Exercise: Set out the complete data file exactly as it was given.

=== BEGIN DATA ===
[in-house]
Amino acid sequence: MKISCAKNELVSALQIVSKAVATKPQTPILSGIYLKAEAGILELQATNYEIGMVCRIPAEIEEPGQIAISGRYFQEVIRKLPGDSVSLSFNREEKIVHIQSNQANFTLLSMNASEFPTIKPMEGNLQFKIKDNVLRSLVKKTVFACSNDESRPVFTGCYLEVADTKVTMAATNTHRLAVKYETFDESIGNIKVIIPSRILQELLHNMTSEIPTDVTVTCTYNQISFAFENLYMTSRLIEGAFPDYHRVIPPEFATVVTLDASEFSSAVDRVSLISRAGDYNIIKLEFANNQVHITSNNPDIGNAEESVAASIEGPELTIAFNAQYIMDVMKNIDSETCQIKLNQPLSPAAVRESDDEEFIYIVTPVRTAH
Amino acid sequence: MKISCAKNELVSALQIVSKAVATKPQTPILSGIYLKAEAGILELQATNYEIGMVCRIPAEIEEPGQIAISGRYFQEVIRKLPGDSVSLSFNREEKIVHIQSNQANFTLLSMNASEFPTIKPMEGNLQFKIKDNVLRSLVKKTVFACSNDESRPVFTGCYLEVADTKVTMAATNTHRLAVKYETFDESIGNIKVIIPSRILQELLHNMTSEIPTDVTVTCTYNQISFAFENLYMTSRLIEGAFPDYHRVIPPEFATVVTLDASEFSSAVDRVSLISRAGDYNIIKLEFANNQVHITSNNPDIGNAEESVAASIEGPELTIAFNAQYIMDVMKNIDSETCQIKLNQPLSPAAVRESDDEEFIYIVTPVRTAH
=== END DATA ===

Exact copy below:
[in-house]
Amino acid sequence: MKISCAKNELVSALQIVSKAVATKPQTPILSGIYLKAEAGILELQATNYEIGMVCRIPAEIEEPGQIAISGRYFQEVIRKLPGDSVSLSFNREEKIVHIQSNQANFTLLSMNASEFPTIKPMEGNLQFKIKDNVLRSLVKKTVFACSNDESRPVFTGCYLEVADTKVTMAATNTHRLAVKYETFDESIGNIKVIIPSRILQELLHNMTSEIPTDVTVTCTYNQISFAFENLYMTSRLIEGAFPDYHRVIPPEFATVVTLDASEFSSAVDRVSLISRAGDYNIIKLEFANNQVHITSNNPDIGNAEESVAASIEGPELTIAFNAQYIMDVMKNIDSETCQIKLNQPLSPAAVRESDDEEFIYIVTPVRTAH
Amino acid sequence: MKISCAKNELVSALQIVSKAVATKPQTPILSGIYLKAEAGILELQATNYEIGMVCRIPAEIEEPGQIAISGRYFQEVIRKLPGDSVSLSFNREEKIVHIQSNQANFTLLSMNASEFPTIKPMEGNLQFKIKDNVLRSLVKKTVFACSNDESRPVFTGCYLEVADTKVTMAATNTHRLAVKYETFDESIGNIKVIIPSRILQELLHNMTSEIPTDVTVTCTYNQISFAFENLYMTSRLIEGAFPDYHRVIPPEFATVVTLDASEFSSAVDRVSLISRAGDYNIIKLEFANNQVHITSNNPDIGNAEESVAASIEGPELTIAFNAQYIMDVMKNIDSETCQIKLNQPLSPAAVRESDDEEFIYIVTPVRTAH